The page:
Distance Education Accessibility Guidelines
Which Laws Apply?
Section 508 law applies only to federal agencies and departments. The standards, however, are available for anyone to incorporate in whole or in part. Thus, for example, state law may require state entities to comply with the standards.
A non-federal entity such as a university or a city, county, or state government that receives federal monies needs to comply with Section 504 (of the Rehabilitation Act) requirements to provide reasonable accommodations for people with disabilities; however, Section 504 does not require accommodations to be provided through conformance with Section 508 accessibility standards. Adherence to Section 508 requirements can be used as a way of meeting Section 504 obligations. For example, following the Section 508 standards for captioning may be a good way to meet Section 504 obligations.
In addition, Title II of the Americans with Disabilities Act (ADA) requires the programs, services, and activities of state and local governments (e.g. public education, employment, transportation, recreation, health care, social services, courts, voting, and town meetings) to be accessible to people with disabilities. Again, access to the programs may be provided through individual accommodations vs. adherence to the Section 508 standards.
||Entities receiving federal funds
||Opportunity for disabled students to participate must be as effective as that provided to others
||Equal information access, including print and computer-based information
||Provide disabled access to electronic and information technology
||Entities receiving CA state funds
||Distance education courses must be accessible
||Must provide disabled students with e-text of required textbooks
||Entities receiving CA state funds
||Must comply with the accessibility requirements of the federal Rehabilitation Act of 1973, as amended (1998), and federal regulations implementing that Act.
New and Updated Laws and Regulations Relating to Distance Education
Proposed Changes to ADA – Website Accessibility
On July 26, 2010, the U.S. Department of Justice, Civil Rights Division released an Advance Notice of Proposed Rulemaking, formally stating the Department's consideration to revise the Code of Federal Regulations, implementing Titles II and III of the Americans with Disabilities Act. These changes, if enacted, would establish specific requirements for state and local governments and public entities to make their websites accessible to individuals with disabilities. The next step in the process is for the Department to solicit and collect public comments, with a deadline of January 24, 2011.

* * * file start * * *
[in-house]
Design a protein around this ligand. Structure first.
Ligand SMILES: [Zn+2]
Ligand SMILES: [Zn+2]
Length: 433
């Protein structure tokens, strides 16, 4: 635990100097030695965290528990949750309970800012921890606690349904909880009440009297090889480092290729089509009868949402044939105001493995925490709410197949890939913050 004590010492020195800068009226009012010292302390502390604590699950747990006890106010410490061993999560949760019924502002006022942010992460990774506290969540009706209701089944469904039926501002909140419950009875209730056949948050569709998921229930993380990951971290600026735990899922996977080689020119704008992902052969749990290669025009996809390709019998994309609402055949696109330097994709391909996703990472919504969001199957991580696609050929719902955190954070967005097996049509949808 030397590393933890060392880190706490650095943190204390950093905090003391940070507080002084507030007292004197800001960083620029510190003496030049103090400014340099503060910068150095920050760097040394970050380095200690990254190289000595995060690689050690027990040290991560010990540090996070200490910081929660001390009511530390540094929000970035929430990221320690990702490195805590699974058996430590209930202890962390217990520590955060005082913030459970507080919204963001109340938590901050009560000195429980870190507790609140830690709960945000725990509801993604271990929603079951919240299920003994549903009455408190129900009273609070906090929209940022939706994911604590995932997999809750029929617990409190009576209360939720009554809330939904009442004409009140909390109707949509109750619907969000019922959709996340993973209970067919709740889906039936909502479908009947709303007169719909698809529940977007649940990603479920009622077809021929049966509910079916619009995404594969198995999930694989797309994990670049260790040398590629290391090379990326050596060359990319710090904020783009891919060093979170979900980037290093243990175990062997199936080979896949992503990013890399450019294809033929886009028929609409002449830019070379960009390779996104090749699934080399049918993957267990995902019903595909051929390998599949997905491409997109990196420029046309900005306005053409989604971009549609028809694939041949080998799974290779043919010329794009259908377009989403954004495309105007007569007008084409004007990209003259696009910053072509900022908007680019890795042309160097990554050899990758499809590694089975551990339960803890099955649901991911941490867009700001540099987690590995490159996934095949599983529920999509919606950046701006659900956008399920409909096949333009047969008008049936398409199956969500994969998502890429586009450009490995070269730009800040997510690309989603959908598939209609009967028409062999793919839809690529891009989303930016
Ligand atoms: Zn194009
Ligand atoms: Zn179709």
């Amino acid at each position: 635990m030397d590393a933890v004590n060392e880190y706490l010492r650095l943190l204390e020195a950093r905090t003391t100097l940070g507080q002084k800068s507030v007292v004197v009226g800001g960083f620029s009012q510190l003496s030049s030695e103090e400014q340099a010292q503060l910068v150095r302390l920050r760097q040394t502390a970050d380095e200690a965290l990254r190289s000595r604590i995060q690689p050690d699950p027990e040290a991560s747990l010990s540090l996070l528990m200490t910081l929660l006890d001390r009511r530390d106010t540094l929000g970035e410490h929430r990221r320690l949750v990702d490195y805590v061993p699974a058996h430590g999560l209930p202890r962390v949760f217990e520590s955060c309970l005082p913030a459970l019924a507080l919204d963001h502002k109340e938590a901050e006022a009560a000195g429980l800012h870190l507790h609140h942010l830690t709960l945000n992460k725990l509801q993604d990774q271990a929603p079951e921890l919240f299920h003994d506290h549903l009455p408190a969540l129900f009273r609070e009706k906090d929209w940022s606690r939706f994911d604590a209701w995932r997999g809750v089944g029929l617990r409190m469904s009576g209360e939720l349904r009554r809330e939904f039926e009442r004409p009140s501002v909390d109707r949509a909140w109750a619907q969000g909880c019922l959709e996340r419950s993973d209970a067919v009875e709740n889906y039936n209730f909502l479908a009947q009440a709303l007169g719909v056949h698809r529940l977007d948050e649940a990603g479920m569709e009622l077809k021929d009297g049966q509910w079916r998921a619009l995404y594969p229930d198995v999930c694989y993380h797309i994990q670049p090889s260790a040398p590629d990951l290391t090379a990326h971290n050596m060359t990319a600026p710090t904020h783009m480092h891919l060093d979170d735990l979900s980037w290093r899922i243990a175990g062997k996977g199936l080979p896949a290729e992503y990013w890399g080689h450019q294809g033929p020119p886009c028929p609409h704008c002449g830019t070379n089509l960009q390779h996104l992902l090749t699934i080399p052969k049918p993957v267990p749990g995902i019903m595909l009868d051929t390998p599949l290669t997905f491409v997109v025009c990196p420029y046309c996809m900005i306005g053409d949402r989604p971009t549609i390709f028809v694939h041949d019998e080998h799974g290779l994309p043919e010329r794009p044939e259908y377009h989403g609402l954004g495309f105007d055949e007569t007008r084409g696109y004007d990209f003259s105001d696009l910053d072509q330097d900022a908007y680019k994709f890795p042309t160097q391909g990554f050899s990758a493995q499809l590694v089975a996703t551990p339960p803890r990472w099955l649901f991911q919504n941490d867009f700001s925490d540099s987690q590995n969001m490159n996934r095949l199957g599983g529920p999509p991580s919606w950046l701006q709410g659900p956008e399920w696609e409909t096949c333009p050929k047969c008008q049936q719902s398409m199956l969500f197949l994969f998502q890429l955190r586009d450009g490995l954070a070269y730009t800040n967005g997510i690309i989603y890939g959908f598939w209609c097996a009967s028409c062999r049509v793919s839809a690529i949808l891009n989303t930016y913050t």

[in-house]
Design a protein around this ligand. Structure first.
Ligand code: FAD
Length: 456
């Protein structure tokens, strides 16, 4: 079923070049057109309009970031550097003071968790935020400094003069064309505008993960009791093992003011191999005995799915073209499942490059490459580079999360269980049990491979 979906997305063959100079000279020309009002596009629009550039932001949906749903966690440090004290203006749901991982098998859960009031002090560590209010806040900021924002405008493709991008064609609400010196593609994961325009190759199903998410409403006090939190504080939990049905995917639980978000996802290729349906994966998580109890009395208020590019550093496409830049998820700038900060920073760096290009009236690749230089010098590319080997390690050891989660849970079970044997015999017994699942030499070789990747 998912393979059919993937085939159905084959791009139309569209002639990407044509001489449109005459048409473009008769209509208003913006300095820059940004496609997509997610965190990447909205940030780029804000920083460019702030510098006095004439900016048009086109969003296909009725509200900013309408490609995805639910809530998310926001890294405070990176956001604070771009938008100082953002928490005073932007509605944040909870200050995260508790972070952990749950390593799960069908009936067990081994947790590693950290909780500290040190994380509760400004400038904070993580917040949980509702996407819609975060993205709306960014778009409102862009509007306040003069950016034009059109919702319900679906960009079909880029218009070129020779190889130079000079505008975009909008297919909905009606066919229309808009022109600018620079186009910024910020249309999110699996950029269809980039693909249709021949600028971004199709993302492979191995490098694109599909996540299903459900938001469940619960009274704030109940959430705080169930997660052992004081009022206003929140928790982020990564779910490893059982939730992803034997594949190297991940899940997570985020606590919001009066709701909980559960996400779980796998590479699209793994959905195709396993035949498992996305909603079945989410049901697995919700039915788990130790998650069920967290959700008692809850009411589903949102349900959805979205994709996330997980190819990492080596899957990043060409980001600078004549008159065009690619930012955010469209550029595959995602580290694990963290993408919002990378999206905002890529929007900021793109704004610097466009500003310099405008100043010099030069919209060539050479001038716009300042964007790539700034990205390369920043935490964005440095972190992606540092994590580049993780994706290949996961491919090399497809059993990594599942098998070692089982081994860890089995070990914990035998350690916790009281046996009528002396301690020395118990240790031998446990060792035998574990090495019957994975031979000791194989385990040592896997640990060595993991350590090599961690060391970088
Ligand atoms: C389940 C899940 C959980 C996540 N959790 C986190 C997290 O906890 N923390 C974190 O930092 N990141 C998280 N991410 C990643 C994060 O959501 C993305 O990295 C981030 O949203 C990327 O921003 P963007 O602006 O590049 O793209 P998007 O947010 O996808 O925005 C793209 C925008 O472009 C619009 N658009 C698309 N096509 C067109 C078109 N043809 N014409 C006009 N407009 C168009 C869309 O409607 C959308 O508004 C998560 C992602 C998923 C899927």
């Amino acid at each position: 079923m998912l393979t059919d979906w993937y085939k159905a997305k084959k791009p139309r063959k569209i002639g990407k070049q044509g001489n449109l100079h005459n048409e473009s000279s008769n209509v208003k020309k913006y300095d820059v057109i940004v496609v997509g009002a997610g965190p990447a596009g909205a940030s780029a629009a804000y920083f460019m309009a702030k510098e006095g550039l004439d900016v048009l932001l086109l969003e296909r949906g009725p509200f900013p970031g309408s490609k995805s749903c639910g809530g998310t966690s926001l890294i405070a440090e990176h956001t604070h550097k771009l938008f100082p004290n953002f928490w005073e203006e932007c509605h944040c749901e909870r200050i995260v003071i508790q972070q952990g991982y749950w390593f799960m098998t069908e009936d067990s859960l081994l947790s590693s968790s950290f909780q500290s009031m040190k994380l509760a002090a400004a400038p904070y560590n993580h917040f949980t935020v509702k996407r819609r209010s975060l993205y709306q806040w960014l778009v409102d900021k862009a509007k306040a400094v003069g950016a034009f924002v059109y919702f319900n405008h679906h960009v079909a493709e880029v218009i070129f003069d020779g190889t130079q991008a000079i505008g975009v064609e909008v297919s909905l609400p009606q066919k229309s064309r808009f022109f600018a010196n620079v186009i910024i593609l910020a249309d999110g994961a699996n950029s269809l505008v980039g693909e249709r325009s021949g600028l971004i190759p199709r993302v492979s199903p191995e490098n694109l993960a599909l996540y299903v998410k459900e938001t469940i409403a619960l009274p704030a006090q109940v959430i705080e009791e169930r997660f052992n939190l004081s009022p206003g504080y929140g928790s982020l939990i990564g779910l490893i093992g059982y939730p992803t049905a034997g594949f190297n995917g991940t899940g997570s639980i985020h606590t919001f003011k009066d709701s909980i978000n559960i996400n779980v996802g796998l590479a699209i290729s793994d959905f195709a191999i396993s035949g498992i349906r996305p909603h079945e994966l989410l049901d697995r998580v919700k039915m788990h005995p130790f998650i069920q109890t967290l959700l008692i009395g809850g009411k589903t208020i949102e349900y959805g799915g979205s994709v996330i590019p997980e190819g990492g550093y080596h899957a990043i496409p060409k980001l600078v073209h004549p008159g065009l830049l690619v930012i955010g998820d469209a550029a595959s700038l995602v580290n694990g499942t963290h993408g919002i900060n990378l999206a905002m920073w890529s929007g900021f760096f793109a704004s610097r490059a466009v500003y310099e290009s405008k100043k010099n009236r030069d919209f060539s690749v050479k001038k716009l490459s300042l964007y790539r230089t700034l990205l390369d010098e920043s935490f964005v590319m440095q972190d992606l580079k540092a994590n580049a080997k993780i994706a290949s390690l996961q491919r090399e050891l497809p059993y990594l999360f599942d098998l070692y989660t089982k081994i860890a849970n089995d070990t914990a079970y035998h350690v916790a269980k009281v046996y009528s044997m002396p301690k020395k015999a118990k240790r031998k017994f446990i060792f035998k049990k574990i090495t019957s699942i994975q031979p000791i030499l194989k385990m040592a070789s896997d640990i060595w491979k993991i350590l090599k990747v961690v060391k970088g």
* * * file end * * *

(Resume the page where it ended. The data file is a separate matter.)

The Chancellor's Office will continue to track these developments closely and if the ADA is in fact amended to provide standards for website accessibility, these guidelines will be updated accordingly, as they affect public institutions such as community colleges, and the accessibility of the websites used in the delivery of distance education.
Section 508 Update - 2010
In March 2010, the U.S. Access Board released a draft document updating its standards for electronic and information technology in the Federal sector covered by Section 508 of the Rehabilitation Act. As part of this effort, it is also updating guidelines for telecommunications products subject to Section 255 of the Telecommunications Act. This document features a new structure and format that integrates the 508 standards and 255 guidelines into a single document referred to as the "Information and Communication Technology (ICT) Standards and Guidelines." Requirements have been reorganized according to functionality instead of product type since many devices now feature an array of capabilities and applications. The draft includes proposed revisions to various performance criteria and technical specifications that are designed to improve accessibility, add clarity to facilitate compliance, address market trends, and promote harmonization with other global guidelines and standards.
Digital Millennium Copyright Act
There are new exemptions to the anti-circumvention provisions of the Digital Millennium Copyright Act (DMCA) that will now allow professors and students to decrypt and excerpt copyrighted video content for lectures and class projects. The rule changes were recently issued by the U.S. Copyright Office, which issues new rules every three years or so since Congress incorporated anti-circumvention rules into the DMCA when it was passed in 2000.
The new exemptions will allow professors in all fields and "film and media studies students" to hack encrypted DVD content and clip 'short portions' into documentary films and "non-commercial videos." The agency has not defined short portions. This means that any professor, in any field, can legally extract movie clips and incorporate them into lectures, as long as they are willing to decrypt them. Programs known as 'DVD rippers' are available to handle decryption. Additionally, professors are now permitted to use ripped content in non-classroom settings that are similarly protected under "fair use," such as presentations at academic conferences.
These new exemptions provide an opportunity for professors to compile clips from disparate sources onto one contiguous media file. Ripping portions of disparate sources into one compilation often results in an uncaptioned compilation that will need to be made accessible. There is still an instructional need to continue providing accessible media for persons with disabilities requiring access in online courses.